When my second child was born, he slept less, and got sick more, and the “baby blues” I experienced with my first were a little closer to navy. While, the second time around, I had a better understanding of the connection between my crashing hormones, and my bummed out brain, it was even harder for me to give myself grace, and space to sit in my emotions–largely because I now had a daughter who was there, and watching me, all the time.
This time around, I’m still worried about the health of my baby. I’m also worried about the delivery, and the epidural, and the Apgar score, and whether or not I’ll be able to pee when they take the dang catheter out. But I’m mostly worried about feeling sad again, and having two tiny pairs of eyes on me as I try my best to find the sunshine in what is normally a very cloudy time for me.
When that lady on the boardwalk told me that I’m “brave,” she probably meant it facetiously. If my kids were old enough to understand her, I might actually have been mad, and would have had to make it clear to my kids that they are not, in fact, the burden she was implying they were. Because my kids are absolutely adorable, and, right after my husband, the absolute greatest blessings in my life.
But despite her implicit sarcasm, that “you’re brave” transported me into the mind of a future version of myself, perched on a well-worn rocker in the middle of the night, wincing in pain as a I try to get a squirming newborn to latch before his whimpers become cries loud enough to wake up the entire house. It made me imagine an afternoon spent playing puzzles with my kids, and being awed by their perfection while simultaneously feeling completely overwhelmed by sadness. I saw myself sitting at a boisterous and joyful dinner table as the sun goes down, unable to focus on my daughter’s lighthearted tales of her day because I’m somehow incapable of tearing my mind away from its fixation on the seemingly endlessly-dark night ahead.
But as much as I am fearful of this third postpartum period, I am so much more excited about what it represents. Because, despite the undeniable challenges we’ve endured together, my kids have completely transformed my life for the better. And while the beautiful parts of their childhoods are often the ones I most want to celebrate and remember, the hard ones also matter too.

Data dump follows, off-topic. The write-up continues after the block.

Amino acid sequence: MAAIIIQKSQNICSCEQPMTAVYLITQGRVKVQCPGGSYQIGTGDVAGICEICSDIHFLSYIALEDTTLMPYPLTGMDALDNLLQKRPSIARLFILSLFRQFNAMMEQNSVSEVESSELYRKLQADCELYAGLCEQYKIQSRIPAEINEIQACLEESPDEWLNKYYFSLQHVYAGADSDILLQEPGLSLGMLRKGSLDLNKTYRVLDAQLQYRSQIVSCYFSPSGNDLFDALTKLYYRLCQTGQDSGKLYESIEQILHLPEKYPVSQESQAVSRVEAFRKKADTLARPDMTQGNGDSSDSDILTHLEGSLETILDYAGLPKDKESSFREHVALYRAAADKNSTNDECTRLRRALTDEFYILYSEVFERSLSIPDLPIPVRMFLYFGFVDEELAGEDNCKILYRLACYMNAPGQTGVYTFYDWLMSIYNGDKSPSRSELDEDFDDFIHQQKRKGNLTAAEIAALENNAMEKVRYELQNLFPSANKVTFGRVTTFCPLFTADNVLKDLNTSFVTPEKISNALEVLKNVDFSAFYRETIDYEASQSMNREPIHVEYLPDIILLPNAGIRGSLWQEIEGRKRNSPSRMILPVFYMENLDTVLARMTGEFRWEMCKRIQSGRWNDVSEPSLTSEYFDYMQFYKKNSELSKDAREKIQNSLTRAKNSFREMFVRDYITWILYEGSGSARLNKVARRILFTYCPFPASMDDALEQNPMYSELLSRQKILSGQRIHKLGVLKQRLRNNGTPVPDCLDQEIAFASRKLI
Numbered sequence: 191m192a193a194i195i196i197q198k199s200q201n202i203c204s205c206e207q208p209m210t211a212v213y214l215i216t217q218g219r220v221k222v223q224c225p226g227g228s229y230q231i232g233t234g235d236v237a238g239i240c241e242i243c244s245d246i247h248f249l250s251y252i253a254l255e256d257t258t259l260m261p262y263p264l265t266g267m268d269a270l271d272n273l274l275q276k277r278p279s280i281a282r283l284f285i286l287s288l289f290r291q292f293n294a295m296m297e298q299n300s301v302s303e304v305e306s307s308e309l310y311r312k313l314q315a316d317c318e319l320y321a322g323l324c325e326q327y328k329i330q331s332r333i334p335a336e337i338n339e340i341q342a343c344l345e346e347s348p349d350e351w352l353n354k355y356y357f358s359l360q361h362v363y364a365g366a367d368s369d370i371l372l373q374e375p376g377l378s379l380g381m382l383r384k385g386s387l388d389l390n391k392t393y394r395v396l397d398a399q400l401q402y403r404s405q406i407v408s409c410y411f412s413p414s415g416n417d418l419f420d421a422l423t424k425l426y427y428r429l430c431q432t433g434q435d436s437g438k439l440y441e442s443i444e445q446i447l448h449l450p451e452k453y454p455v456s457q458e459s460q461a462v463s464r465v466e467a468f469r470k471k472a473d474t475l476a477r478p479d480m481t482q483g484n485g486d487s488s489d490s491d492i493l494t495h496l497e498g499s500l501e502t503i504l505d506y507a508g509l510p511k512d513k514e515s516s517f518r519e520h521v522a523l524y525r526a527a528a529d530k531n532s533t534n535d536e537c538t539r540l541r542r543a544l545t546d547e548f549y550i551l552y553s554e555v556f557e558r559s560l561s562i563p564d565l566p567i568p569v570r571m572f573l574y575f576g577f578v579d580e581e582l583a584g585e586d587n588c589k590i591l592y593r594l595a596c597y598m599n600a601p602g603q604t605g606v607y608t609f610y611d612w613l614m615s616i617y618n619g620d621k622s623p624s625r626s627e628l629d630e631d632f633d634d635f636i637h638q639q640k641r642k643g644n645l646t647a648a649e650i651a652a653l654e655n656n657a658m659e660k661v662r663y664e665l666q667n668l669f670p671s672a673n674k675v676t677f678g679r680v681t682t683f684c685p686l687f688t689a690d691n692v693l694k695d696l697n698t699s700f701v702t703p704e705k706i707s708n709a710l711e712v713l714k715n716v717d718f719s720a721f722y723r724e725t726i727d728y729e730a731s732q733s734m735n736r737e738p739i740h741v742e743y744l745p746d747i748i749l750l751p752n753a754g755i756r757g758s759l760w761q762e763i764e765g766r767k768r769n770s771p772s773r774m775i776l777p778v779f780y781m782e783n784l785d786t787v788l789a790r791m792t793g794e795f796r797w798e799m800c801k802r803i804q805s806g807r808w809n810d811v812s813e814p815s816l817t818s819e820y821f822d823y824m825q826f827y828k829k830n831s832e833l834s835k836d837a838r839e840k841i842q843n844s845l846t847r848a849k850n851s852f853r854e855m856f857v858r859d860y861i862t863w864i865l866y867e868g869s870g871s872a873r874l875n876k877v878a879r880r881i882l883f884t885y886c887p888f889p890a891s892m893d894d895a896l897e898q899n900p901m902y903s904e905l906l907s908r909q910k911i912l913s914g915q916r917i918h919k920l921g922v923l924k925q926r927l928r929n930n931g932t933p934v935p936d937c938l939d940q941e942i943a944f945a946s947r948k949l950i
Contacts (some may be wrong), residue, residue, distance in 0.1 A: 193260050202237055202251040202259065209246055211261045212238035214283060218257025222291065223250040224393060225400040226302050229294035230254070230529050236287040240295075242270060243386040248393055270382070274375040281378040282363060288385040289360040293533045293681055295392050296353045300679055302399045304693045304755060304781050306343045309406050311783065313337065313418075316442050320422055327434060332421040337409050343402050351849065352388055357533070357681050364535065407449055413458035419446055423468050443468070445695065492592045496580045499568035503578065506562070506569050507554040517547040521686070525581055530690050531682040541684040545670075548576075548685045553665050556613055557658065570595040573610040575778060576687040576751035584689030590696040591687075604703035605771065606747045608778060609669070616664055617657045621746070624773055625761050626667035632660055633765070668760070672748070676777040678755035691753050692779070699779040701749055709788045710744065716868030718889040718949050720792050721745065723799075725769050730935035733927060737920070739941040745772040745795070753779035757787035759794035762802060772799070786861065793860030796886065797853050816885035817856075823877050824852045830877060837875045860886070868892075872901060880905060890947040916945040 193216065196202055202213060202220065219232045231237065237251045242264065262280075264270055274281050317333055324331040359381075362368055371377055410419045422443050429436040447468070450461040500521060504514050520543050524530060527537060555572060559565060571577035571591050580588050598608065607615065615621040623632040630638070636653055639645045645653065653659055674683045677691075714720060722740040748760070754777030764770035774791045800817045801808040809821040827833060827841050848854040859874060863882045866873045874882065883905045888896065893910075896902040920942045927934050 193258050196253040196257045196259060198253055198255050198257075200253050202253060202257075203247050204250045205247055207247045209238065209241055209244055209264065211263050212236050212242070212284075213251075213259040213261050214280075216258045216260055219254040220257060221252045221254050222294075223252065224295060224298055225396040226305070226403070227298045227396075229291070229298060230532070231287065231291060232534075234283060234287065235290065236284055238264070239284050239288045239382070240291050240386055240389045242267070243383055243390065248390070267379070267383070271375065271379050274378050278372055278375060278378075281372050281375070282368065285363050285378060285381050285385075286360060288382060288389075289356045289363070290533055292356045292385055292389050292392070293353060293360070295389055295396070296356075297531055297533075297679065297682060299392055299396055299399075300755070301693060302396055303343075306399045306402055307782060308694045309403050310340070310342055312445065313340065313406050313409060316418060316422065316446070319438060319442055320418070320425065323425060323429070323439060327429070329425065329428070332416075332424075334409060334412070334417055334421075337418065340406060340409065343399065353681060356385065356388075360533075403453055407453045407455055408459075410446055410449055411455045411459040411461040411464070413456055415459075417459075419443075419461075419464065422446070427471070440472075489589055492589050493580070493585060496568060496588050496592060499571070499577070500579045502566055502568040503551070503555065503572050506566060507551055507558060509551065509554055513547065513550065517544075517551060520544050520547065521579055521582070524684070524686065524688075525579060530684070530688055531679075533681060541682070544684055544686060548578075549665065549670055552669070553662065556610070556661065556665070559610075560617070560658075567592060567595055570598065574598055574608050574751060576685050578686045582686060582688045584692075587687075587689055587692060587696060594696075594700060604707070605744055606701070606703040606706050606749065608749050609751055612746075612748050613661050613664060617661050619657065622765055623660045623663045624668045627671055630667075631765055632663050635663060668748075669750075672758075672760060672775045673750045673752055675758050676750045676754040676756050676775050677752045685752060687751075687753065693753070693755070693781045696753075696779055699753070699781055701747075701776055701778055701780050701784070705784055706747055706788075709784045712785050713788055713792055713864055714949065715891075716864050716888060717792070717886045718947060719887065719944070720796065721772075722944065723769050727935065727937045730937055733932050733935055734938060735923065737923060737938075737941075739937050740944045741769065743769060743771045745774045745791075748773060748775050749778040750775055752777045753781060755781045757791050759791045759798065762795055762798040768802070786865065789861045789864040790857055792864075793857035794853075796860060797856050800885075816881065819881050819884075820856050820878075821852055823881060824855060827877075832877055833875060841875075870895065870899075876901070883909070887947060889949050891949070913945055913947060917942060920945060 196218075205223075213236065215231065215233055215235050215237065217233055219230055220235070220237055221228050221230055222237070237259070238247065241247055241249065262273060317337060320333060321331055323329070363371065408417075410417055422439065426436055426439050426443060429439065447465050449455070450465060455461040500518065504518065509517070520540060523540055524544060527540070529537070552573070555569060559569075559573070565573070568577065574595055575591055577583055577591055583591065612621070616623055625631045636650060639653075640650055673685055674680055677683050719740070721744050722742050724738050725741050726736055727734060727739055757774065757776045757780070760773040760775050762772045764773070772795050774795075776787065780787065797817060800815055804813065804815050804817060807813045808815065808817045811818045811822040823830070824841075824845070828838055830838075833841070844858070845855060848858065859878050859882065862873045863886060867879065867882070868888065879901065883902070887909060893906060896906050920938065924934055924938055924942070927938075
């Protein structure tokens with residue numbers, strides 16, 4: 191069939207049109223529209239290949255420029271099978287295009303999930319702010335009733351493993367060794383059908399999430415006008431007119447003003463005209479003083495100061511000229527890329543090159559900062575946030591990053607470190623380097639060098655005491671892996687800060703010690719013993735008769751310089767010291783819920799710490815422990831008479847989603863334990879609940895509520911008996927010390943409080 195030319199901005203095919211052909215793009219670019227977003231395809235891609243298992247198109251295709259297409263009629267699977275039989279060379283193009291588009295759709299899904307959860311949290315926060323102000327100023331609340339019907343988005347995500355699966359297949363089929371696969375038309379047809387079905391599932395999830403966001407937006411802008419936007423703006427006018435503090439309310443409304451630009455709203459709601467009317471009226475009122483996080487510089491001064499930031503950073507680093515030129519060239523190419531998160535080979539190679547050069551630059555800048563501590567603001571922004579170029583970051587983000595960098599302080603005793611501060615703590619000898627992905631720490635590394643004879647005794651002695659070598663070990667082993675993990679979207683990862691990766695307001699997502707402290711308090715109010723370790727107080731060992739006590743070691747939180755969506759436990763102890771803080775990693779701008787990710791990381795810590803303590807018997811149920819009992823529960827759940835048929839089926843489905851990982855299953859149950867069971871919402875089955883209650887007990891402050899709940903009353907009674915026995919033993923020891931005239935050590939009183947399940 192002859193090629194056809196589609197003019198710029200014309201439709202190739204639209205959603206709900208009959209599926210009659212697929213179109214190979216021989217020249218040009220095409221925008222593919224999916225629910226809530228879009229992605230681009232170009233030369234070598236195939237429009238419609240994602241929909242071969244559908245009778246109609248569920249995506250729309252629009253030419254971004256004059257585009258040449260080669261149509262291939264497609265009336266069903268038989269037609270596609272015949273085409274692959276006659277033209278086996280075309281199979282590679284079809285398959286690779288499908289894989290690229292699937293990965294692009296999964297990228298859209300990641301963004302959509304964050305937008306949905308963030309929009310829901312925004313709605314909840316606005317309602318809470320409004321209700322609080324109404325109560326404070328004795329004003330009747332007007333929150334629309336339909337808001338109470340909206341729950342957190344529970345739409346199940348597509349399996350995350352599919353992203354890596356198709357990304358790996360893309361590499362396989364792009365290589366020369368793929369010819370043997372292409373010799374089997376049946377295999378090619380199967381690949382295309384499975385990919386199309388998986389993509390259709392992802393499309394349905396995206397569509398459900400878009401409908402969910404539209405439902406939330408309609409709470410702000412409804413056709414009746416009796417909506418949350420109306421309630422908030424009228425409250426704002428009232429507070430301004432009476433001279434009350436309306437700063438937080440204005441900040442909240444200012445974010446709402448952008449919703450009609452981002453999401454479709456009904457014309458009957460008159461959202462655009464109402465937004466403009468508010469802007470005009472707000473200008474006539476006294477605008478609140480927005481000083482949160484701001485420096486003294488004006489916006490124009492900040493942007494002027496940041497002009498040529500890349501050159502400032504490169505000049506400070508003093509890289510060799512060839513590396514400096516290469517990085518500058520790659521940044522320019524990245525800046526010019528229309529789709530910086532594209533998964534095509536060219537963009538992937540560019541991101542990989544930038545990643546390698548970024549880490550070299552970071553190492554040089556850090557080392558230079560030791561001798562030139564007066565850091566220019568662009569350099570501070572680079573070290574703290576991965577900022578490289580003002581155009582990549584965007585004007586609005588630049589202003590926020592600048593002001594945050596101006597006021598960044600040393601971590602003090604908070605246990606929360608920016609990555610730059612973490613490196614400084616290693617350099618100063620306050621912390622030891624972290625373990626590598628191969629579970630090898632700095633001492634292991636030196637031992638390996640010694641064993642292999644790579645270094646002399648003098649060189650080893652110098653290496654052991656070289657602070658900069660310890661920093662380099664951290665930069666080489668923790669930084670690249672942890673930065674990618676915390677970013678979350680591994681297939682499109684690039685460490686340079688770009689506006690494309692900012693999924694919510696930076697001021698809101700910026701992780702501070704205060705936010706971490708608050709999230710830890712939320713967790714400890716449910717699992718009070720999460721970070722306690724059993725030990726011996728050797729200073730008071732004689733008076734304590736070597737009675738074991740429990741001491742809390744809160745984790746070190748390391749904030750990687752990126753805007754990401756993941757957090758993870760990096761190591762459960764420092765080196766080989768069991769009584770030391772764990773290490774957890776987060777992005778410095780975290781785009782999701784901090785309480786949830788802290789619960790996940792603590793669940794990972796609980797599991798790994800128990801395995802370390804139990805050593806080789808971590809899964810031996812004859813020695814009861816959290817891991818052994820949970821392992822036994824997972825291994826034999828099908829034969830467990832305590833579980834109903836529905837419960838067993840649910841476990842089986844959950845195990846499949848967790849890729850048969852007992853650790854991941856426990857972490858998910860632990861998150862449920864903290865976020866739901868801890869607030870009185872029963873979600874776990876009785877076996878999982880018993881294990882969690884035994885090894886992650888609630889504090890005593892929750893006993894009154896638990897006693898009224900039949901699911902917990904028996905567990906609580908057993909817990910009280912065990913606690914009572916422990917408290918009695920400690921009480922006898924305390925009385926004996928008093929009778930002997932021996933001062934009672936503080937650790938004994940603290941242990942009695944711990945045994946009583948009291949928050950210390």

When I think about my kids watching me struggle, and feel sad, and wonder, out loud, if I can do it all, I feel a little bit heartbroken, but also a little bit proud. Because life, in general, is pretty hard. As my kids grow up, they are going to be faced with challenge after challenge that is unlike anything they have faced before. If they do it right, they will have periods in their lives where they suffer, or feel like a failure, or wonder if whatever they worked so hard for was really, actually worth it. And while they likely won’t remember the 6-8 weeks after their littlest brother was born, I hope that some part of my struggle, and my efforts to rise above it, stick with them as a reminder of what real life, and real bravery, really looks like.
I know that at some point in the near future I’ll be zombie-walking through the grocery store with three screaming kids in tow when someone passes me and yells, “you’ve got your hands full!” without making any attempt to actually help. And I won’t resent them for it. Partially because I won’t have the mental space to process any more emotions, but also because they’ll be right. I do, and will, always have my hands full, and I’m so eternally grateful that I was brave enough to make it that way.